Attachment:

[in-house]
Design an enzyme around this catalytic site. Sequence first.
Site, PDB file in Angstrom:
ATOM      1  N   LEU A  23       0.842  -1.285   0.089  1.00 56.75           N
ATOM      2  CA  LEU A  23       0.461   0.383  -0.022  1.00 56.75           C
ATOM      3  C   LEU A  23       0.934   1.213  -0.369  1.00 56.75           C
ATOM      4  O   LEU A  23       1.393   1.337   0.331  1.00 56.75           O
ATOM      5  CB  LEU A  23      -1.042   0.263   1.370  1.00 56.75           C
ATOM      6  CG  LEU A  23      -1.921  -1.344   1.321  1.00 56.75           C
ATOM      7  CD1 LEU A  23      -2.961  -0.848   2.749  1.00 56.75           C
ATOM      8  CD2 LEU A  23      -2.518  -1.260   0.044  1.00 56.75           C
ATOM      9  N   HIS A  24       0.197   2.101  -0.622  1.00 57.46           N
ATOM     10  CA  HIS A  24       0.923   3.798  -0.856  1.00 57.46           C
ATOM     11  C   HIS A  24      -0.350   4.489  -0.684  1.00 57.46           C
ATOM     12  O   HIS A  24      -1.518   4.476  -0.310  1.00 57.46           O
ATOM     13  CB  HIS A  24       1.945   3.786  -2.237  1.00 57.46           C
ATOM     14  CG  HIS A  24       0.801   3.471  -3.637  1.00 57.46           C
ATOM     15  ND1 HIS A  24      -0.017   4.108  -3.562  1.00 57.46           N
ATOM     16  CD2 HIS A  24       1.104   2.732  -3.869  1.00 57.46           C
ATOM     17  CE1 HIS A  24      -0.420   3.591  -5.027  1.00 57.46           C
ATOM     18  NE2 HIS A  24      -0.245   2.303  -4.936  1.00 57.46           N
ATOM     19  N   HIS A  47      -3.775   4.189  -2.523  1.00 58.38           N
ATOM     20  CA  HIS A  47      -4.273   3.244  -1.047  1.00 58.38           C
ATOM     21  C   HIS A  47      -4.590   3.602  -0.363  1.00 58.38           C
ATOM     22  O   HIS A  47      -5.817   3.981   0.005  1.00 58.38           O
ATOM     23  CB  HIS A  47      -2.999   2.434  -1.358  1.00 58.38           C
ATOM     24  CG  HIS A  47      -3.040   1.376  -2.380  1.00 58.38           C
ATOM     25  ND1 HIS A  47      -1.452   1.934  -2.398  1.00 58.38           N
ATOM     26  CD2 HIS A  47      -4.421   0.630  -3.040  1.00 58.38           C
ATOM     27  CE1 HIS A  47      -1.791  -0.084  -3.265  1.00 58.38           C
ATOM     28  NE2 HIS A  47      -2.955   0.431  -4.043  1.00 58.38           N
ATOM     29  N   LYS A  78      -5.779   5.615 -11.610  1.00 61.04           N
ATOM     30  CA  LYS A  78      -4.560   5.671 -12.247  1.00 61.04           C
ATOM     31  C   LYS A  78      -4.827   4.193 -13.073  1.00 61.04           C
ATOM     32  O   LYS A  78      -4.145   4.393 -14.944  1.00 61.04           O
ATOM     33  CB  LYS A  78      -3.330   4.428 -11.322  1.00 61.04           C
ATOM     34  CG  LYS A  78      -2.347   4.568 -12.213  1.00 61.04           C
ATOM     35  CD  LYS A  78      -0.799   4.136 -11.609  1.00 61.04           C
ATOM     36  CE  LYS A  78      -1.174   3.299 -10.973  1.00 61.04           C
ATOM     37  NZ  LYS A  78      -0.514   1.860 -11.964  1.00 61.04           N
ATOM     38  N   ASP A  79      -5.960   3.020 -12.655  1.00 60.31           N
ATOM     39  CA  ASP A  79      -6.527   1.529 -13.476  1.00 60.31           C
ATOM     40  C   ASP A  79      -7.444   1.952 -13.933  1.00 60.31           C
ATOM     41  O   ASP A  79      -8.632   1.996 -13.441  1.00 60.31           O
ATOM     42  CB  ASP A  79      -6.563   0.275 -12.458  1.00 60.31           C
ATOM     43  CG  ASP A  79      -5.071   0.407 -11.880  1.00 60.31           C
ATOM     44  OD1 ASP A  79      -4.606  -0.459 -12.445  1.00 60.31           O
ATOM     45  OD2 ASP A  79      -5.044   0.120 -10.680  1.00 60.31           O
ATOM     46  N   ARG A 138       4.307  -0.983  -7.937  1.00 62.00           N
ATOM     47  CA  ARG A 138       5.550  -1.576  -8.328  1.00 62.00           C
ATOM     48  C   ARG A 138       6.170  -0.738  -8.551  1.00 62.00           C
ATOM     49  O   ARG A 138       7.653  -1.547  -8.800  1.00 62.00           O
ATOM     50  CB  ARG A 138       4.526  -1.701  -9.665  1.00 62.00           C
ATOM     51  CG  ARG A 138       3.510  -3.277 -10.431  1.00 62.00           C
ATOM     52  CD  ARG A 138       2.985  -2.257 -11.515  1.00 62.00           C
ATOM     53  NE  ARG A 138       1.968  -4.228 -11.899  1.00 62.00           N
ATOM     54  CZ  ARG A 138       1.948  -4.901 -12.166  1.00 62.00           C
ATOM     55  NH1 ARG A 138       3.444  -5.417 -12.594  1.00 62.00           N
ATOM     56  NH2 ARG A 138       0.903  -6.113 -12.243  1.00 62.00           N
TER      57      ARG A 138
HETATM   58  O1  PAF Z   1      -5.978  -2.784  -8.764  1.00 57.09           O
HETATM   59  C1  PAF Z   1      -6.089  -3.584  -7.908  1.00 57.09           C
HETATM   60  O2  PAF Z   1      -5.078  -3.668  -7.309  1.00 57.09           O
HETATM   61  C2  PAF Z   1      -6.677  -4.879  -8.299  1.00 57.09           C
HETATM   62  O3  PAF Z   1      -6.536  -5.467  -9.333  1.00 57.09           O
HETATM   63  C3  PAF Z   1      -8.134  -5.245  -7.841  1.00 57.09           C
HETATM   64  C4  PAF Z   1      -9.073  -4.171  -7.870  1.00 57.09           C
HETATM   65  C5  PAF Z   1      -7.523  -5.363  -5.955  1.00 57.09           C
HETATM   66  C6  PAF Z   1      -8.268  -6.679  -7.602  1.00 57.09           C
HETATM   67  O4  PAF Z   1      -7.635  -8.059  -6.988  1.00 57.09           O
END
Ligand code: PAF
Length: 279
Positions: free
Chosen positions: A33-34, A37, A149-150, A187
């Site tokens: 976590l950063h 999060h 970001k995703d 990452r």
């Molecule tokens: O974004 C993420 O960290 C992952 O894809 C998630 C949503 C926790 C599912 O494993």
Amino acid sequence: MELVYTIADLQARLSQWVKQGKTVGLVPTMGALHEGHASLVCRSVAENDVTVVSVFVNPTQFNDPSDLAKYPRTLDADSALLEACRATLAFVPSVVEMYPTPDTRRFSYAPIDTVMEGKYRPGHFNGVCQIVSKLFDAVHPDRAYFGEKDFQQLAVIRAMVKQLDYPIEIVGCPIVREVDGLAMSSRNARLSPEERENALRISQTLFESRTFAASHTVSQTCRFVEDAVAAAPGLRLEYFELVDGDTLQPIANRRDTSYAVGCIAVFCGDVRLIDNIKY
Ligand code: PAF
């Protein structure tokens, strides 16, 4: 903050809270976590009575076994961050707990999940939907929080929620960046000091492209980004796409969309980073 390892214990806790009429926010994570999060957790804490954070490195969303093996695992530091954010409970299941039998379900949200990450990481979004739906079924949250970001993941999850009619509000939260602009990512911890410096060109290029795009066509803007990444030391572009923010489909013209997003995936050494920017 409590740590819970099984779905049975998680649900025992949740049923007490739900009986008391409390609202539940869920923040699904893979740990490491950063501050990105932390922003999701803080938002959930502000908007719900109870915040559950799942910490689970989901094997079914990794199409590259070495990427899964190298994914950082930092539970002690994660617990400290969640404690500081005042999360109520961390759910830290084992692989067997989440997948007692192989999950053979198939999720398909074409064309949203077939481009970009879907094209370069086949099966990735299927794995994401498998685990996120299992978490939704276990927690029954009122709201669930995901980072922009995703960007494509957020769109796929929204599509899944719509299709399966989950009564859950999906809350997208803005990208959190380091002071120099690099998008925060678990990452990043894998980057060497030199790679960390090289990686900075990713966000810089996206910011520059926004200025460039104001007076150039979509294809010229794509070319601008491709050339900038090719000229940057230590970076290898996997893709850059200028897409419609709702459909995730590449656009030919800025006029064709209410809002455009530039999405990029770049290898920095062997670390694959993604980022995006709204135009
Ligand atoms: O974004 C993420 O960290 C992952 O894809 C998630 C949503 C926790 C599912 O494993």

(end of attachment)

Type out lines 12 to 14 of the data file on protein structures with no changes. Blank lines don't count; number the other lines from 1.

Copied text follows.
ATOM      9  N   HIS A  24       0.197   2.101  -0.622  1.00 57.46           N
ATOM     10  CA  HIS A  24       0.923   3.798  -0.856  1.00 57.46           C
ATOM     11  C   HIS A  24      -0.350   4.489  -0.684  1.00 57.46           C